The human kidney. The tumors on both of Pablo's kidneys have grown over the fleshy-colored core of the kidney. In layman's terms, I call that area the 'central drain.' Read on to learn how this fits into Pablo's scenario.
Surgery is set for NOON WEDNESDAY.
We need everyone to send light and love directly to Childrens Hospital Los Angeles at that time. Pass the word to everyone you can. We ask that you stop what you are doing, and bring Pablo into your consciousness. That is all we can ask of you. And it's a big thing to us. We believe–and have seen–the power of intention work in our lives time and time again.
Wednesday at noon is game time, and we need you on our team.
Everyone wants to know the details. What's going to happen when they open up his little tummy tomorrow? The answer is, there are so many variables, it's hard to get into it all. This isn't a Hollywood war movie moment where "we're gonna go in and knock back the Hun." We wish it were. I'd have rented Robert Duvall's costume from 'Apocalypse Now!' for the occasion.
In broad strokes, Dr. Stein's options range from doing a quick biopsy on the right side, tossing the specimens to the pathologist on his team, and, based on what he sees, proceed from there. This is the ultimate audible play. Wilms' Tumors fall into two buckets: good and bad. Just like Coke and Pepsi. Darth and Luke. Metallica and Megadeth. If the biopsy proves 'favorable histology,' Dr. Stein will take one course. If it is the bad guys, there's a totally different protocol altogether.
The long and short of it is that there are a few concrete facts the docs can see in Pablo's CT scan:
• The tumors on both sides have grown into the kidney's "central drain" area. This complicates things, cos that is how pee pee gets to the urological tract. Dr. Stein can deal with this with a standard surgical practice, but it makes it different than simply removing a tumor that has grown on a non-essential part of the kidney.
• The left tumor has stagnant growth. Great news.
• The right tumor (Big Boyee) appears to be in a state of necrosis, which means cells are dying, and are hanging around in the sac that is attached to the kidney. Technically, Mr Righty has grown about 5%, but the docs say that this is considered 'flat' in their view.
• They see no effect on Pablo's lungs or lymph nodes. More great news.
• Overall, the docs feel the chemo has done some work. The greatest news.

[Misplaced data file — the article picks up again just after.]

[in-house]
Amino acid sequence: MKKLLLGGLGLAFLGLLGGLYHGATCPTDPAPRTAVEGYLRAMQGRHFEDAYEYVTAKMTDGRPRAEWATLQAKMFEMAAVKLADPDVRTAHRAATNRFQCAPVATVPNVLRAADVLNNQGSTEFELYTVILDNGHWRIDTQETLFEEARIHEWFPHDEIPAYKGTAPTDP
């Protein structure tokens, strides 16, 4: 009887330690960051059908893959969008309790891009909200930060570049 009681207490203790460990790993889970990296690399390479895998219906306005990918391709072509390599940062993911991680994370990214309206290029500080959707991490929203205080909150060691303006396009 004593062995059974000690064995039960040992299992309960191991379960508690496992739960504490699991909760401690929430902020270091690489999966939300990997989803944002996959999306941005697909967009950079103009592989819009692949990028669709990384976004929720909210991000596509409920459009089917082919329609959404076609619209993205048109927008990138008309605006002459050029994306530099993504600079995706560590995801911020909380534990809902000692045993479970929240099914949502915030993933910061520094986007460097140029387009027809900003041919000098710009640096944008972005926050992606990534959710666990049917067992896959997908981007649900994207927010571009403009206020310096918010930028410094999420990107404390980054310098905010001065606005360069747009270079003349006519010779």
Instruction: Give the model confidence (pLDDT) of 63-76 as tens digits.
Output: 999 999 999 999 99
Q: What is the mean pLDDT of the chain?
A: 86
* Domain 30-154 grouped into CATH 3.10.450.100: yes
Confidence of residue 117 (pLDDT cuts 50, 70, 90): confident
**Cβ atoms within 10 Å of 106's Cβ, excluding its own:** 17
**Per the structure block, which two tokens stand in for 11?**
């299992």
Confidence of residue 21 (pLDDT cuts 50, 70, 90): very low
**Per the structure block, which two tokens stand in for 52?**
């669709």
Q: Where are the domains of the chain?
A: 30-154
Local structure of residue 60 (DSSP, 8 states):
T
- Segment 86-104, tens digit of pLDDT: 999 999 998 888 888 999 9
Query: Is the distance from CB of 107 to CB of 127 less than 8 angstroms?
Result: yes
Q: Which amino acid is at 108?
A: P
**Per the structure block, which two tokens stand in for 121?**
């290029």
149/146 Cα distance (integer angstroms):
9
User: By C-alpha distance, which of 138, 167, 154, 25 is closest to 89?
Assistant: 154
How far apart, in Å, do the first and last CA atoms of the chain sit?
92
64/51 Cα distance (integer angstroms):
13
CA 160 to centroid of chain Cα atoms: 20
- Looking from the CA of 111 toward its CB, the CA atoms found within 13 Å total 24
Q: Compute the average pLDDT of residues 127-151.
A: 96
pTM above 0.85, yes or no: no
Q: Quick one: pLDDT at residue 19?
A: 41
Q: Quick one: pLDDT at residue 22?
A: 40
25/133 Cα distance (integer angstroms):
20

This will all make more sense when I can lay out a report of what DID happen sometime late Wednesday.
Please be with us tomorrow.
Here are the key times:
• Check in at surgery pre-op desk at 9 or 9:30 a.m.
• Pablo goes under at noon
• We wait in the surgery waiting room, and can take a restaurant-style beeper if we want to take a walk
• After Pablo wakes up, he will be admitted
• Length of our stay is dependent on the procedure Dr. Stein pulls off in the operating theater.
HERE'S A PLAY-BY-PLAY OF OUR DAY TODAY
We spent all day at CHLA Oncology Clinic. 7:45 a.m. to about 4 p.m. Pablo, Jo Ann and I met with Dr. Stein, our surgeon. Then Dr. Mascarenhas, our oncologist, joined the meeting. Each of them popped into our room at least one other time later in the day to check in on Pablo, and us. Jo Ann and I feel secure and sorted when we have a second or third opportunity to chat with the docs. Some other visitors joined us in the room today as well: Polly, of course, AND Nana and Boo arrived yesterday from Houston, and Uncle Dean came in from Milwaukee today.
Throughout the day, Pablo had all kinds of pre-op observations, vitals, and a blood transfusion. He now has a pint of his Papa's blood coursing through his veins. I joked with him at dinner that now he can read me a book tonight.
Just before the blood bag was connected to his port, Pablo's temp shot up, and the blood had to be put on hold. It's not ideal to do a transfusion with a fever in the recipient. With a four-hour clock running on the blood he was about to receive, the medical team drew a blood sample from him (fever can indicate infection), and knocked back the heat with an oral dose of Tylenol.
After an hour or so, the fever went down a bit, and the blood line was connected to Pablo, and for the first time in his life, he took someone else's blood into his body.